Host Family

This was the 10th and best picture I had taken over two days and I couldn't allow myself to make my host family sit through another one. This was early in the morning before school started. You can tell because my younger host brother was trying his hardest to keep his eyes open.

I was lucky to have been placed with an excellent host family. I have heard stories from other volunteers of just how unpleasant an experience it could have been and I am thankful for just how open and kind my family was. All of the most important points of what I was looking for and expecting were met. They included me and never made me feel like I wasn't supposed to be there, which I have gotten from other people even in my own village. My private space and time were respected just as much as I respected theirs. And above all, they are all good people.

Sure, I was disturbed by the youngest kids sitting outside my door and counting to 5 in Setswana repeatedly or screaming goat (pudi!) non-stop even when there was no goat in sight but it was also nice to hear kids playing and laughing almost everyday. And I wasn't always open to hearing the pounding of Tswana medicinal concoctions and burning of strange smelling incense next door but I learned more about their culture this way. All of the things that upset me were only trivial and fleeting. There were also plenty of little things that would brighten my day like saving me a few magwina (fried bread) when they were made and knocking on my door on my darkest, most hermetical days to make sure I wasn't dead.

The host family (in South Africa anyway) can really make or break a volunteer's service. A lot of the experience rides on it and I don't know if I would have stayed the entire way with another family. I wish mine all the best things in the world.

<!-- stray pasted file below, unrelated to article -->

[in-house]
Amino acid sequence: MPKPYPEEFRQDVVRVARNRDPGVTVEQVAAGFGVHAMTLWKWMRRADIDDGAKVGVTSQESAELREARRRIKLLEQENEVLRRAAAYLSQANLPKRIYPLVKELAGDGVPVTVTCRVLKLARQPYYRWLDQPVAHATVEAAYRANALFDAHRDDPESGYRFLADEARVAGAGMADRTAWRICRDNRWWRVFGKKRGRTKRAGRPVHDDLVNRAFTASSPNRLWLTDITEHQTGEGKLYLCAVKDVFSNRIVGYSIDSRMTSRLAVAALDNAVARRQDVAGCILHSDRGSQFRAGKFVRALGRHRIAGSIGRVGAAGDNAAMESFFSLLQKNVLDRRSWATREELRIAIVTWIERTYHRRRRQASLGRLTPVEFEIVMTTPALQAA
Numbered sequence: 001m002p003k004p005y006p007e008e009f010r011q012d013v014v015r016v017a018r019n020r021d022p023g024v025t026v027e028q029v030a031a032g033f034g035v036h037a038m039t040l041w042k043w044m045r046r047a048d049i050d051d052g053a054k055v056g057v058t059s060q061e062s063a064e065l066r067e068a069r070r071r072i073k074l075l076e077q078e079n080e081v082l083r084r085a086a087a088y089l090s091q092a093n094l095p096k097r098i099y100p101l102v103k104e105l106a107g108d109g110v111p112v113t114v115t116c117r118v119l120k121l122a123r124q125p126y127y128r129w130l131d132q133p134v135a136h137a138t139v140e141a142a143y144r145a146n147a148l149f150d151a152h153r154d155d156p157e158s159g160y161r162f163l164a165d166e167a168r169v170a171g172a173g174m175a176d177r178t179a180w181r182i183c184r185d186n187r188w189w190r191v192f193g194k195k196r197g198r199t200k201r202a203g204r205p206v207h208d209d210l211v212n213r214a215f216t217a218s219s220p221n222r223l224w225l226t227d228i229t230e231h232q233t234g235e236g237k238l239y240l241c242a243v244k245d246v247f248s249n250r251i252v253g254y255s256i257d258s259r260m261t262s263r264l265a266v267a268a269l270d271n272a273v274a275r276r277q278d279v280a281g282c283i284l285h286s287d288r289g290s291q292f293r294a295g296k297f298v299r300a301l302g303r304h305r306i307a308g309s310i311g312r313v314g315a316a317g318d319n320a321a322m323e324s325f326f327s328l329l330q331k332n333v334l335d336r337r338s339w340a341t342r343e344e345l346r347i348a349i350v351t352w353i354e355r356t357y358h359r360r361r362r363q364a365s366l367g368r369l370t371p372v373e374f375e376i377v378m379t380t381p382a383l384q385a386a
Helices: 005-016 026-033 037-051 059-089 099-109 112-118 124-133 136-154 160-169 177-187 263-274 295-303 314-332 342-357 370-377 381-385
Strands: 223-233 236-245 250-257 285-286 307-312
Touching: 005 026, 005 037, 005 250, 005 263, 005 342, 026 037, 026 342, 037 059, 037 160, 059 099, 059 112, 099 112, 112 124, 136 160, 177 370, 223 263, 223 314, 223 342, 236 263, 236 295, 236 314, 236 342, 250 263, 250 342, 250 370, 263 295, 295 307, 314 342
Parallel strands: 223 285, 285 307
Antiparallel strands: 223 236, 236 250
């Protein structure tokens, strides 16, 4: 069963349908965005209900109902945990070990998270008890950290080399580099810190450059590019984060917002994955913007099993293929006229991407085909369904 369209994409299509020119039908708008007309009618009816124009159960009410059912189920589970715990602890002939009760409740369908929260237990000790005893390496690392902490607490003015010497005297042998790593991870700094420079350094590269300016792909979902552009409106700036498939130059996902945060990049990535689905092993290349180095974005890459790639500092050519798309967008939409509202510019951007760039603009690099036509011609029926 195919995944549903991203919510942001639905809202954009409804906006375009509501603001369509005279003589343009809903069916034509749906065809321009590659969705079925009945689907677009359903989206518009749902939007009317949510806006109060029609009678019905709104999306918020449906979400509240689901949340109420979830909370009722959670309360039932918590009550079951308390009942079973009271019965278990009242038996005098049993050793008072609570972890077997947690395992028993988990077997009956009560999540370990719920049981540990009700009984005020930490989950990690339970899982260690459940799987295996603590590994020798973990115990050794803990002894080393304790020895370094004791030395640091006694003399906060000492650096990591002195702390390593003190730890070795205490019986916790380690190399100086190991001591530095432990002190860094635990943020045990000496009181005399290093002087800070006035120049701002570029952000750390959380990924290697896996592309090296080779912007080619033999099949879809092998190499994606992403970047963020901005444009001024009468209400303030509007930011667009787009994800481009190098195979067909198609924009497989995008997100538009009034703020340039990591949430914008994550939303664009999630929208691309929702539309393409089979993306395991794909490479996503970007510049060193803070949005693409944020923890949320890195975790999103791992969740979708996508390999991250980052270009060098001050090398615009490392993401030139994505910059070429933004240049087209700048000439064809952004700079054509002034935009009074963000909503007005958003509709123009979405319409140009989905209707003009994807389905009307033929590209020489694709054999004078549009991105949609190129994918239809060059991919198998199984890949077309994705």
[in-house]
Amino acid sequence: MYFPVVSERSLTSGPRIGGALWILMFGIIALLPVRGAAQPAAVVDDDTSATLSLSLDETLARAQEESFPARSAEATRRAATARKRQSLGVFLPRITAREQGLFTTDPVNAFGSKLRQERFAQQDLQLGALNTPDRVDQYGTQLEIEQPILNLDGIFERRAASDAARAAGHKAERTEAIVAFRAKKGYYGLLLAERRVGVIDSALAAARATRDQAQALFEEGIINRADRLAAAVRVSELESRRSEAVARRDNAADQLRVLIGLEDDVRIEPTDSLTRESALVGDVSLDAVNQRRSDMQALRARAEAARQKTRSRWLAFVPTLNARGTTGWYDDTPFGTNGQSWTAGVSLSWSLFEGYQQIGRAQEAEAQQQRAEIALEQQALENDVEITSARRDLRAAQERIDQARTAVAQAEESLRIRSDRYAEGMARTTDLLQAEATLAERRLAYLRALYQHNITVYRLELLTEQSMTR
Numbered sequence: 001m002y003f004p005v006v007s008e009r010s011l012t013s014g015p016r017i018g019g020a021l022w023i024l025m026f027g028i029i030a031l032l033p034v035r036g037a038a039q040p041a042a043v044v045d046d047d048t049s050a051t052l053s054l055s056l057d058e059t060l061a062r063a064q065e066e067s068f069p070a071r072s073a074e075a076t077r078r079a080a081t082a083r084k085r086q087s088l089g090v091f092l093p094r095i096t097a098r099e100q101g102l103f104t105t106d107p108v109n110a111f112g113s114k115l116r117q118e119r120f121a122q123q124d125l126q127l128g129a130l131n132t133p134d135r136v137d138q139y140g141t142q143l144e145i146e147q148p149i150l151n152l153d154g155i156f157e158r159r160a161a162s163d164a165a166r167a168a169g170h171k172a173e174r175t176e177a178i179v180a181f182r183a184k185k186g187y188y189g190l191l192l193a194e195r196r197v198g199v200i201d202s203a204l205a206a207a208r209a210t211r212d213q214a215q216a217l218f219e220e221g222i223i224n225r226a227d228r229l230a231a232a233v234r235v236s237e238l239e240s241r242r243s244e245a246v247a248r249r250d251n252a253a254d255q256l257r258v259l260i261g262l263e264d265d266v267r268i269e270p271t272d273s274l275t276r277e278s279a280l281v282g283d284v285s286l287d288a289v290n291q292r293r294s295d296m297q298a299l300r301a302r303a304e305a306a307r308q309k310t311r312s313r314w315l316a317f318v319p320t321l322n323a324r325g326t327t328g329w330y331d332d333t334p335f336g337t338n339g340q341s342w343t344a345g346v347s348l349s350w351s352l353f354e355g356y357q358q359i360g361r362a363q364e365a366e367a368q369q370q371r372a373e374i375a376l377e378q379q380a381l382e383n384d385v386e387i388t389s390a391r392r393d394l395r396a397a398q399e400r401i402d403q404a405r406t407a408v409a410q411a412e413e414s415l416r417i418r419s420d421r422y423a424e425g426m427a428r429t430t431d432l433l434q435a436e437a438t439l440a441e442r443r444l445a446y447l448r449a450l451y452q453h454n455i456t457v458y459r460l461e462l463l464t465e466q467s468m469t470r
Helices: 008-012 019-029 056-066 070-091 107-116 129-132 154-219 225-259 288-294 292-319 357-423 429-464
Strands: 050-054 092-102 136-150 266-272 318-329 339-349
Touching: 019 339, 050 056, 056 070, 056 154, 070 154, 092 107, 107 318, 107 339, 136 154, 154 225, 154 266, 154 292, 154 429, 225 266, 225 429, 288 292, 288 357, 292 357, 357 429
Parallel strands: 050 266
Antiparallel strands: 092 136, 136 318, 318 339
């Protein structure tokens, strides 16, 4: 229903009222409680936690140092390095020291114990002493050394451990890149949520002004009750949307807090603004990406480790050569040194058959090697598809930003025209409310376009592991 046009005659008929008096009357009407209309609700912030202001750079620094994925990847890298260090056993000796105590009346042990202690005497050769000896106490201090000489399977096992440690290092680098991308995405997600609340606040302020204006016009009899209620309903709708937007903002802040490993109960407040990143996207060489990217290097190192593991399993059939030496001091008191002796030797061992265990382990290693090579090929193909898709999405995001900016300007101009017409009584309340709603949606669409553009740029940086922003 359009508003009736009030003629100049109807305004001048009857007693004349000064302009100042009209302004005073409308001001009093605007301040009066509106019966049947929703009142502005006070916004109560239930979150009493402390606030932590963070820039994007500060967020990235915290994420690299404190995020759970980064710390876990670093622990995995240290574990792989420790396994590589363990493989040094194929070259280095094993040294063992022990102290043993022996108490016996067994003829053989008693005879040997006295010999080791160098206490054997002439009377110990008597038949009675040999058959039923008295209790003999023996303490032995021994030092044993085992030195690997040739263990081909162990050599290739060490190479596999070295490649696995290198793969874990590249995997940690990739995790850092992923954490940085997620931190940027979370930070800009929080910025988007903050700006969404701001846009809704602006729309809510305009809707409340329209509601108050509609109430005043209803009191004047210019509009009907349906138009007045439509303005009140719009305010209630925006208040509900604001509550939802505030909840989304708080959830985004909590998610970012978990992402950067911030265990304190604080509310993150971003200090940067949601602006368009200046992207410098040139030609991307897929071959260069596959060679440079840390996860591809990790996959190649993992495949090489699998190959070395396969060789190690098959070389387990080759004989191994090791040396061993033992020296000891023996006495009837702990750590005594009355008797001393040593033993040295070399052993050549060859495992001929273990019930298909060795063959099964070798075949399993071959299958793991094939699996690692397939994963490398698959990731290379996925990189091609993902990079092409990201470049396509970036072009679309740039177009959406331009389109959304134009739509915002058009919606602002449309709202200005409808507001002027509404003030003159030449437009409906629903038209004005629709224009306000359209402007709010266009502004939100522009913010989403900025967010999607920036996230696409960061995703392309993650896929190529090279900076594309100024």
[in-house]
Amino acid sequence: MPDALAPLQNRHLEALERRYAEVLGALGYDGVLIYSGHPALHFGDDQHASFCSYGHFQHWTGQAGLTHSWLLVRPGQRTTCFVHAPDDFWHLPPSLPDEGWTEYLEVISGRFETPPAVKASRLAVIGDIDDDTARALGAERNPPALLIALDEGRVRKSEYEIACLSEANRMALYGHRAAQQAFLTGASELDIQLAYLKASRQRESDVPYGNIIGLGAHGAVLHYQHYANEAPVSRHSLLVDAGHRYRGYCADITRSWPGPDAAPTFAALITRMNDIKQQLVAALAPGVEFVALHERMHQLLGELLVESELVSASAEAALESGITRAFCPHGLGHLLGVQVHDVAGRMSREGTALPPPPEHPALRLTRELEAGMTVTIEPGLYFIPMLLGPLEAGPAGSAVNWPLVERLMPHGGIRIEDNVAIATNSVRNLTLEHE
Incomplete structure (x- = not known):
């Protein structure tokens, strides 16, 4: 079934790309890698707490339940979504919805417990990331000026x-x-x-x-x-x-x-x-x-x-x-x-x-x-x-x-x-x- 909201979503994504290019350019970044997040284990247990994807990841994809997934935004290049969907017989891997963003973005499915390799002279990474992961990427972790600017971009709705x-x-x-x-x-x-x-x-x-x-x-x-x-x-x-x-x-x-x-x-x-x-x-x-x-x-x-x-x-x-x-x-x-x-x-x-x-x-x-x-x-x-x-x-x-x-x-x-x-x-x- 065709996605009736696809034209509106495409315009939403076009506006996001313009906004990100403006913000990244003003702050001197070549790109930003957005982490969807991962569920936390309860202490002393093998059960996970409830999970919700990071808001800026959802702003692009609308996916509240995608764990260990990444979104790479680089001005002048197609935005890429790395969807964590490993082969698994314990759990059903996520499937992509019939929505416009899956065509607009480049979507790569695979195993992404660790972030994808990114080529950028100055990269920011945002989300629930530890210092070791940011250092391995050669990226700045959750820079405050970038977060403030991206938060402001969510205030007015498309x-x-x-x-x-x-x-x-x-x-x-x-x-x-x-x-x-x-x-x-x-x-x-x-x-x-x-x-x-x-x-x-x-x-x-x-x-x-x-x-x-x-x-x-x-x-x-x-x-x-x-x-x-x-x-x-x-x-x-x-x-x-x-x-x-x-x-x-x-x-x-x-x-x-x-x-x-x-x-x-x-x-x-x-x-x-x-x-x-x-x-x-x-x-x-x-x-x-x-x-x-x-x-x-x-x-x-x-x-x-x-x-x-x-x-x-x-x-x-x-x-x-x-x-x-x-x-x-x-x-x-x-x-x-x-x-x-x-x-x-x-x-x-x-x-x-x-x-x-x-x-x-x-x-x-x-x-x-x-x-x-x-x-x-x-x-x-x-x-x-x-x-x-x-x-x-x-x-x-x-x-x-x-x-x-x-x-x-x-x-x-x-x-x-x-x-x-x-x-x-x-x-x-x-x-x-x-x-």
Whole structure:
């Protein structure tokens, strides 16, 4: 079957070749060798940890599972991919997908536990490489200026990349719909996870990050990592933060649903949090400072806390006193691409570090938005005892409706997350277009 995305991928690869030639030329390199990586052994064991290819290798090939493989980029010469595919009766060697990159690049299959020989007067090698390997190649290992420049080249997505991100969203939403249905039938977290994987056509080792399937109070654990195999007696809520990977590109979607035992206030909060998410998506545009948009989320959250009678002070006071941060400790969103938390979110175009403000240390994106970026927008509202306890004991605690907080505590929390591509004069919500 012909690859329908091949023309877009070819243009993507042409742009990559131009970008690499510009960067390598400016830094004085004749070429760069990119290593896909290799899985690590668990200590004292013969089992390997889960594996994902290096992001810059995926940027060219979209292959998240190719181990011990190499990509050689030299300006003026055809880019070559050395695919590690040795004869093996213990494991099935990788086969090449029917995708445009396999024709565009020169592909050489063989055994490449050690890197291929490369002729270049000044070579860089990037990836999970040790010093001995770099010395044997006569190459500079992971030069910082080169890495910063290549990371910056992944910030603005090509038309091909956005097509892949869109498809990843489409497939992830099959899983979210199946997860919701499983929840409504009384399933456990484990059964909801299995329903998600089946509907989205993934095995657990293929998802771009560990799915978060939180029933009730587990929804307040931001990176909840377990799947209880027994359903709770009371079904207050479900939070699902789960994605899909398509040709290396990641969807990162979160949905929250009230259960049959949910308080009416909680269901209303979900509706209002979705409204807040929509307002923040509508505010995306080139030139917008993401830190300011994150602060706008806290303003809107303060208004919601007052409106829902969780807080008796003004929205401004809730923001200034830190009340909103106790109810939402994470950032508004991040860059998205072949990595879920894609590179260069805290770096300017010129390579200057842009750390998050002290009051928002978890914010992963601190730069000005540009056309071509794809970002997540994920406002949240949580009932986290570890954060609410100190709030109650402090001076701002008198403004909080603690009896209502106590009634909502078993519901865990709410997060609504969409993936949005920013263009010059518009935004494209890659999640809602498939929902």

Socks and Underwear: Host Family

Wednesday, August 31, 2011

Host Family

This was the 10th and best picture I had taken over two days and I couldn't allow myself to make my host family sit through another one. This was early in the morning before school started. You can tell because my younger host brother was trying his hardest to keep his eyes open.

I was lucky to have been placed with an excellent host family. I have heard stories from other volunteers of just how unpleasant an experience it could have been and I am thankful for just how open and kind my family was. All of the most important points of what I was looking for and expecting were met. They included me and never made me feel like I wasn't supposed to be there, which I have gotten from other people even in my own village. My private space and time were respected just as much as I respected theirs. And above all, they are all good people.

Sure, I was disturbed by the youngest kids sitting outside my door and counting to 5 in Setswana repeatedly or screaming goat (pudi!) non-stop even when there was no goat in sight but it was also nice to hear kids playing and laughing almost everyday. And I wasn't always open to hearing the pounding of Tswana medicinal concoctions and burning of strange smelling incense next door but I learned more about their culture this way. All of the things that upset me were only trivial and fleeting. There were also plenty of little things that would brighten my day like saving me a few magwina (fried bread) when they were made and knocking on my door on my darkest, most hermetical days to make sure I wasn't dead.

The host family (in South Africa anyway) can really make or break a volunteer's service. A lot of the experience rides on it and I don't know if I would have stayed the entire way with another family. I wish mine all the best things in the world.

2 Comments:

Blogger mrpresco said...

This is a lovely picture and a thoughtful post. I wish I had met them. We are all so thankful that they made your South African experience what it was.

September 2, 2011 at 7:43 AM  
Blogger Noah Prescott said...

Thanks. Next time we visit South Africa you should go and meet them. We can drink tea together.

September 7, 2011 at 6:52 AM  

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